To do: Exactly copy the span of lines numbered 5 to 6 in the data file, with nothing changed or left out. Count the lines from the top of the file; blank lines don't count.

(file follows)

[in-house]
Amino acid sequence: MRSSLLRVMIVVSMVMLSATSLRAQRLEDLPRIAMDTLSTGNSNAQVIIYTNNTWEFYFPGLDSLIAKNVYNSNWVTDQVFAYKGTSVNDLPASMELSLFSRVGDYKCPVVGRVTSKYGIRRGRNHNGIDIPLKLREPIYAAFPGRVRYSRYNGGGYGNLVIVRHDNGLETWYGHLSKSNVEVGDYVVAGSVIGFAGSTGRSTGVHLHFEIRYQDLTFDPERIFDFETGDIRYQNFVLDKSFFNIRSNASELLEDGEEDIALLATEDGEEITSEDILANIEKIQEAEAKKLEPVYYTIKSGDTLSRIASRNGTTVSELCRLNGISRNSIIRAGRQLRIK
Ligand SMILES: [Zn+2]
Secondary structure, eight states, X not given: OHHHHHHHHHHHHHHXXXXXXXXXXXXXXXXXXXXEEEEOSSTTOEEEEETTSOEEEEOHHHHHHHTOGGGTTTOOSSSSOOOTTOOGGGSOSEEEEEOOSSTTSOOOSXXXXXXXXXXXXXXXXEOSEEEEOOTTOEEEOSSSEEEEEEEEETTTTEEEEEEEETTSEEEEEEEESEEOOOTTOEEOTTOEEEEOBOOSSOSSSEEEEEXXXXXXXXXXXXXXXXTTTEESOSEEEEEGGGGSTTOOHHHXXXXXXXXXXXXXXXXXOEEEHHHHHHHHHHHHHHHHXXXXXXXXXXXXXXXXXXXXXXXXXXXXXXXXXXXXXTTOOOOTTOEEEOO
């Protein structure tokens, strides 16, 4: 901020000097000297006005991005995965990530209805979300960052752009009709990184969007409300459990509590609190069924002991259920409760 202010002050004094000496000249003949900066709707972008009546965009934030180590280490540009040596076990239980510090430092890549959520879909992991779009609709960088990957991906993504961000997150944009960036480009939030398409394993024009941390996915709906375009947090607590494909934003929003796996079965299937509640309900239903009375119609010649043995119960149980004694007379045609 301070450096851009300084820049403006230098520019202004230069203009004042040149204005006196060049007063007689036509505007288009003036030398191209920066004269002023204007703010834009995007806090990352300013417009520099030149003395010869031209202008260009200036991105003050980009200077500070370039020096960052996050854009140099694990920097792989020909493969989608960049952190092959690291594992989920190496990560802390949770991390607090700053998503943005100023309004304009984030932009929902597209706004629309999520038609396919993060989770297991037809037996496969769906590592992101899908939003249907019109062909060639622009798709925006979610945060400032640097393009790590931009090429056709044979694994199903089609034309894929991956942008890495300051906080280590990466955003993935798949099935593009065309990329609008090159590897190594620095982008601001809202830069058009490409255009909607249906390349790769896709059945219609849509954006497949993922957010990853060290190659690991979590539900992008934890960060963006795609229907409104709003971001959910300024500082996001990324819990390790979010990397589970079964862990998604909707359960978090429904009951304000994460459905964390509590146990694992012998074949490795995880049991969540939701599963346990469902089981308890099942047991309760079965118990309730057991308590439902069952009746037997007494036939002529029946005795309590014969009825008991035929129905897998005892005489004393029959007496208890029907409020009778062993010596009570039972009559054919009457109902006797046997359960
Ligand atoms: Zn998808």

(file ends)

């Protein structure tokens, strides 16, 4: 901020000097000297006005991005995965990530209805979300960052752009009709990184969007409300459990509590609190069924002991259920409760 202010002050004094000496000249003949900066709707972008009546965009934030180590280490540009040596076990239980510090430092890549959520879909992991779009609709960088990957991906993504961000997150944009960036480009939030398409394993024009941390996915709906375009947090607590494909934003929003796996079965299937509640309900239903009375119609010649043995119960149980004694007379045609 301070450096851009300084820049403006230098520019202004230069203009004042040149204005006196060049007063007689036509505007288009003036030398191209920066004269002023204007703010834009995007806090990352300013417009520099030149003395010869031209202008260009200036991105003050980009200077500070370039020096960052996050854009140099694990920097792989020909493969989608960049952190092959690291594992989920190496990560802390949770991390607090700053998503943005100023309004304009984030932009929902597209706004629309999520038609396919993060989770297991037809037996496969769906590592992101899908939003249907019109062909060639622009798709925006979610945060400032640097393009790590931009090429056709044979694994199903089609034309894929991956942008890495300051906080280590990466955003993935798949099935593009065309990329609008090159590897190594620095982008601001809202830069058009490409255009909607249906390349790769896709059945219609849509954006497949993922957010990853060290190659690991979590539900992008934890960060963006795609229907409104709003971001959910300024500082996001990324819990390790979010990397589970079964862990998604909707359960978090429904009951304000994460459905964390509590146990694992012998074949490795995880049991969540939701599963346990469902089981308890099942047991309760079965118990309730057991308590439902069952009746037997007494036939002529029946005795309590014969009825008991035929129905897998005892005489004393029959007496208890029907409020009778062993010596009570039972009559054919009457109902006797046997359960
Ligand atoms: Zn998808």